“Critical analysis” bill filed by Wise today

All that bluster about mandating intelligent design creationism was much ado about nothing, I guess. Today, Senator Stephen Wise filed SB 2396:

Educational Instruction; Requires that the instructional staff of a  public school teach a thorough presentation and critical analysis of the  scientific theory of evolution and certain governmental, legal, and  civic-related principles.

Intersting strategy. First of all, Wise is asking that a current law be modified. That law says:

Members of the instructional staff of the public schools, subject to the rules of the State Board of Education and the district school board, shall teach efficiently and faithfully, using the books and materials required to that meet the highest standards for professionalism and historic accuracy, following the prescribed courses of study, and employing approved methods of instruction, the following:

There is a long list of specific subjects that follow, such as the Declaration of Independence, flag education, history of the Holocaust, health education, study of Hispanic contributions to the United States, etc. Wise wants the following inserted right at the top of that list:

A thorough presentation and critical analysis of the scientific theory of evolution.

He also wants inserted a little further down the following:

The historical context in which the Declaration of Independence was drafted and signed; the purposes, functions, and limitations of the legislative, executive, and judicial branches of the federal, state, and local governments; the significance of common law, state and federal constitutional law, statutory law, procedural law, and local ordinances or codes; an understanding of important legal principles, including the rule of law, stare decisis, and the federal supremacy clause; and the duties that all citizens share in order to know and protect the rule of law.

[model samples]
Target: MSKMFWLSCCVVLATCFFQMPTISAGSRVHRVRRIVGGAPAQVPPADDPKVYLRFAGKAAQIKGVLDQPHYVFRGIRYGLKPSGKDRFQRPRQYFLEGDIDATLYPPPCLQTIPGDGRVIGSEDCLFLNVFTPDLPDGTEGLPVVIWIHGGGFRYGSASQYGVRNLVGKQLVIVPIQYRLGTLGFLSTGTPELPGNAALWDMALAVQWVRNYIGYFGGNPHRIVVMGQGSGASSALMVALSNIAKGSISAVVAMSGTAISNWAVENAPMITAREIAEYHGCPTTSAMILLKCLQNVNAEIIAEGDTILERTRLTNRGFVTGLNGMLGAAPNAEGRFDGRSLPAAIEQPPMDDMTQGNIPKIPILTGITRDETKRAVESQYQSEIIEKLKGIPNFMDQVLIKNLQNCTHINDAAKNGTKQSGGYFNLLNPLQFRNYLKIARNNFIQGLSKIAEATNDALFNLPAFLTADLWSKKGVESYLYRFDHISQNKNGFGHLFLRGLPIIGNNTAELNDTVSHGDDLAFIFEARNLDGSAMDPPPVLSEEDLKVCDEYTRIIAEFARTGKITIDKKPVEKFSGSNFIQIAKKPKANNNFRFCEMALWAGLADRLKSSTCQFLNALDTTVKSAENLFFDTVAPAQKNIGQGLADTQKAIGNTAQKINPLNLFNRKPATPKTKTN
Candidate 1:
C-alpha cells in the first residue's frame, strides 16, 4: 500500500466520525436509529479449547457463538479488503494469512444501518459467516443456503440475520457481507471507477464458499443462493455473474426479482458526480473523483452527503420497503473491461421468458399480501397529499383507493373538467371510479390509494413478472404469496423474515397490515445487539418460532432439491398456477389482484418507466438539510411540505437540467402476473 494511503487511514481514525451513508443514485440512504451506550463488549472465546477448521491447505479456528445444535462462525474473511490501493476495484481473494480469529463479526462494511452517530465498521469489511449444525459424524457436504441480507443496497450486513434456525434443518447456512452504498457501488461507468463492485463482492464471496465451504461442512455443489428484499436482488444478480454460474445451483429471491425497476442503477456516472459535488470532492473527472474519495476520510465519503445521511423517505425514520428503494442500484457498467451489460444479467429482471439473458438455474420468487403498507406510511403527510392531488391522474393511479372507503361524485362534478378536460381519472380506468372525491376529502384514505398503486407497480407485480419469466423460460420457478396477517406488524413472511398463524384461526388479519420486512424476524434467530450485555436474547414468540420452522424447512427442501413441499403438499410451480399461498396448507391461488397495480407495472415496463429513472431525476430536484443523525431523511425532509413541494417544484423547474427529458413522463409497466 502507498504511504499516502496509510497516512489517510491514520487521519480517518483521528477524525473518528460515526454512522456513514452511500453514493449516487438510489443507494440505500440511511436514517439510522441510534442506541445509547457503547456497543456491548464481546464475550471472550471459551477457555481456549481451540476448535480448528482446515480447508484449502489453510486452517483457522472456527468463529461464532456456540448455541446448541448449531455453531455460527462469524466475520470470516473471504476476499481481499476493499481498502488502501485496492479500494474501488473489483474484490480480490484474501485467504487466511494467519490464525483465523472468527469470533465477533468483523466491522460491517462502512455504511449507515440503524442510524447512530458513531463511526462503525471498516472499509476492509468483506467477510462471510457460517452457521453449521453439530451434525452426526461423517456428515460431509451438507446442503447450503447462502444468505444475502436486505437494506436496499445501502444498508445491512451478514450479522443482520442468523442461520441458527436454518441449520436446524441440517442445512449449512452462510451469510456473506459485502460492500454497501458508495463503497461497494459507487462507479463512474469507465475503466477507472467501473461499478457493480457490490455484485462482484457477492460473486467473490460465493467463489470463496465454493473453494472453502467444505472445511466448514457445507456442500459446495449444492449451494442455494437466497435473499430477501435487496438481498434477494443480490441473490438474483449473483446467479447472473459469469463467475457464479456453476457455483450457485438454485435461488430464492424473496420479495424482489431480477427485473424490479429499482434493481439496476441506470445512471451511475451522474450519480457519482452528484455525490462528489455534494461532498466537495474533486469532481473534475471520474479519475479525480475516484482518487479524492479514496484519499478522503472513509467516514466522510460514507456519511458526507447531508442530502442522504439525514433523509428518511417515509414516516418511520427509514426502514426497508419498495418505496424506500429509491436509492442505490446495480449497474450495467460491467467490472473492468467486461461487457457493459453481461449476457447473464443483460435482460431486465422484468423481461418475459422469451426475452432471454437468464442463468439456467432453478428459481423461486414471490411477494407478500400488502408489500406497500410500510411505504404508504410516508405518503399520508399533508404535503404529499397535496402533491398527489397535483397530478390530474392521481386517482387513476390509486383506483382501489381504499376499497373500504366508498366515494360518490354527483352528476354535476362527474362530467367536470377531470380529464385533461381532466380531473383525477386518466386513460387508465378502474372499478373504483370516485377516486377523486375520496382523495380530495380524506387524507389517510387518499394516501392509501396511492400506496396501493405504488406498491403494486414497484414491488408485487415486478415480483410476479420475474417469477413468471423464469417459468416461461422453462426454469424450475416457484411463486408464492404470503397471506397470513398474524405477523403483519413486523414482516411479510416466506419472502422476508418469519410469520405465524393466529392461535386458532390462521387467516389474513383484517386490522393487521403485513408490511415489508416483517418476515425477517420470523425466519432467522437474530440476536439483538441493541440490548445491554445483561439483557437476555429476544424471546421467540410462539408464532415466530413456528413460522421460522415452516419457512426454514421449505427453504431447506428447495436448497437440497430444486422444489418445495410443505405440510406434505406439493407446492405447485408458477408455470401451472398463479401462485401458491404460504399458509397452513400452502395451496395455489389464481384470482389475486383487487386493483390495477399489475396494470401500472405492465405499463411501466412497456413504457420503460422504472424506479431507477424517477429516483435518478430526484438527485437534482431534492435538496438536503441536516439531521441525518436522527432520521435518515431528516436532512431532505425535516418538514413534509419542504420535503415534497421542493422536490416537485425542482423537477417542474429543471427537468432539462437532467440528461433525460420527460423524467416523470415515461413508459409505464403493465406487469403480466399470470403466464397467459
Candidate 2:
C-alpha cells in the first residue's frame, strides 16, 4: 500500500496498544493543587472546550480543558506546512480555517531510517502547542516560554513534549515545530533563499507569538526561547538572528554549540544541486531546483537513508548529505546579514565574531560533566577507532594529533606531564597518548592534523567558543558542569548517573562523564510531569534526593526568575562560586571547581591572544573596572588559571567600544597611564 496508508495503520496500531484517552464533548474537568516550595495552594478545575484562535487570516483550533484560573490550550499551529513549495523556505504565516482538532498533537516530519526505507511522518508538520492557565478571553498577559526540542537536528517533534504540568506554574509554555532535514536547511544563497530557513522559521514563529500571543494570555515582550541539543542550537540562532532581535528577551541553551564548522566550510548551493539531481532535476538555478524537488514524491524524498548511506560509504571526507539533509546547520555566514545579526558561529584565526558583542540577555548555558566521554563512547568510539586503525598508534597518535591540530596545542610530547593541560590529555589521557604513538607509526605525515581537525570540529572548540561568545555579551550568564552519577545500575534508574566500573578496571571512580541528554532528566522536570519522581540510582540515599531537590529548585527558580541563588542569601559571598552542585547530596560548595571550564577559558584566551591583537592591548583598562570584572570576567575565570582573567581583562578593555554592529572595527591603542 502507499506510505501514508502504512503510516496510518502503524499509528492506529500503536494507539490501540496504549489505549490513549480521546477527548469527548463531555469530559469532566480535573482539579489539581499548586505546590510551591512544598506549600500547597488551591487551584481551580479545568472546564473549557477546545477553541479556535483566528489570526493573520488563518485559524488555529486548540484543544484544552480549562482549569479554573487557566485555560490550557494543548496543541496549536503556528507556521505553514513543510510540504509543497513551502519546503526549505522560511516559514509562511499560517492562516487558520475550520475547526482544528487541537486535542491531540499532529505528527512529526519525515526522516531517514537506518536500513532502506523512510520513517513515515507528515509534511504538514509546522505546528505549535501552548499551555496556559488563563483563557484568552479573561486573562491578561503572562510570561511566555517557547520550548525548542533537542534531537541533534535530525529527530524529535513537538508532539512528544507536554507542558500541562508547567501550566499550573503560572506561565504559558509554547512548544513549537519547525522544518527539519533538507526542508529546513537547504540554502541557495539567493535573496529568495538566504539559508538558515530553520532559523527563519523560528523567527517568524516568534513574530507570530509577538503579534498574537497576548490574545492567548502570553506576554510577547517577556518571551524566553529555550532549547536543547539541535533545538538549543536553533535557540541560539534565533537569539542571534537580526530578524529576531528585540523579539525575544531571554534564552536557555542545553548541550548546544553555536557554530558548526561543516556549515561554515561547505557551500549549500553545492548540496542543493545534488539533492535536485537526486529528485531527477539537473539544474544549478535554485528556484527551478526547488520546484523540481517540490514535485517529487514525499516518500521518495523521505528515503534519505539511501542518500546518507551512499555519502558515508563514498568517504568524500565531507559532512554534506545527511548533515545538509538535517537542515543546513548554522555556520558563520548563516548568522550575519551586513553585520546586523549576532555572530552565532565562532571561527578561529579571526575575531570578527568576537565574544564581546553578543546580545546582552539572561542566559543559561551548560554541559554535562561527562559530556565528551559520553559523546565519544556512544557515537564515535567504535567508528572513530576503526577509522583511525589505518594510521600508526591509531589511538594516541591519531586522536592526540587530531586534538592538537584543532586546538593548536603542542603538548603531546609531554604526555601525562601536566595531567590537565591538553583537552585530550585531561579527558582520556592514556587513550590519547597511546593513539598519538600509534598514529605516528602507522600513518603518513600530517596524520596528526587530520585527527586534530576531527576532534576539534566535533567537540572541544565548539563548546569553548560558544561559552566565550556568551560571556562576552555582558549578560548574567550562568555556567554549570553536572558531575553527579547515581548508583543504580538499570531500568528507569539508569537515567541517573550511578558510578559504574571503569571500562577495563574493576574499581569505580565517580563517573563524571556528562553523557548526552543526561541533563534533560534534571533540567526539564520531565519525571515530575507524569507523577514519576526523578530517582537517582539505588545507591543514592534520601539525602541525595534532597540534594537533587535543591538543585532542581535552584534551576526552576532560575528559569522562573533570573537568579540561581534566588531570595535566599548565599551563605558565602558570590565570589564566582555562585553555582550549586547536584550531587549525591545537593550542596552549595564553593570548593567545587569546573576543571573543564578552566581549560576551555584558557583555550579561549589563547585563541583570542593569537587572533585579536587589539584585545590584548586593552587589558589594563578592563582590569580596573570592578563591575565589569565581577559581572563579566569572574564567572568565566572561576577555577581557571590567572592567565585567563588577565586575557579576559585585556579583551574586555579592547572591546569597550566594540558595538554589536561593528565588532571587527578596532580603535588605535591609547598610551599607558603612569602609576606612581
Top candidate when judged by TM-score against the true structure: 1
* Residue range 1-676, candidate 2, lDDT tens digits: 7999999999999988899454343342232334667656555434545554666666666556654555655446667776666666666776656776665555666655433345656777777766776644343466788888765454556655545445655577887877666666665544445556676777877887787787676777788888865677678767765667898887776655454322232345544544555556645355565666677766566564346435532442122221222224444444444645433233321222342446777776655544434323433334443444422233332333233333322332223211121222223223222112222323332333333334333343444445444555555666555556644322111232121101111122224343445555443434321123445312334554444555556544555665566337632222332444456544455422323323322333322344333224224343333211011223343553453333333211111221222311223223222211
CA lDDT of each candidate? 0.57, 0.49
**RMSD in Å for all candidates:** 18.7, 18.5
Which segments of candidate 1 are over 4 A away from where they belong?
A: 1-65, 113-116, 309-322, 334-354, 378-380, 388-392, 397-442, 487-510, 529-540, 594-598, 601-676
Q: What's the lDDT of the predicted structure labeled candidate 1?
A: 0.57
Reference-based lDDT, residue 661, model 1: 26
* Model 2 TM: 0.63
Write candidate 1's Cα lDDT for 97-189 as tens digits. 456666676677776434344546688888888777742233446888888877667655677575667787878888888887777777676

So, what he has done here is coupled “critical analysis” of evolution with civics education in one bill.

About Brandon Haught

Communications Director for Florida Citizens for Science.
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11 Responses to “Critical analysis” bill filed by Wise today

  1. Nolemom says:

    Everything, besides evolution, that he has listed are included within the sunshine standards for social studies. There is absolutely no need for this law and it would instead become one of the long list of special topics that the state specifically mentions for political reasons (ex. Declaration of Independence will be taught in the 3rd week of September regardless of where you actually are chronologically in a history or American Government class).

  2. PatrickHenry says:

    Strange to put so much emphasis on the Declaration, important as it is. What about the Constitution?

  3. S.Scott says:

    Hey-I agree with Wise about the need for civics lessons (in social studies classes of course)!

    The general public IMO, seems to be very ignorant regarding the 3 branches of the gov’t. Including Mr. Wise

    The first two – executive and legislative – are all about majority rule. The third, judicial, is there to keep the majority from oppressing the minority. — WoW!!! 😯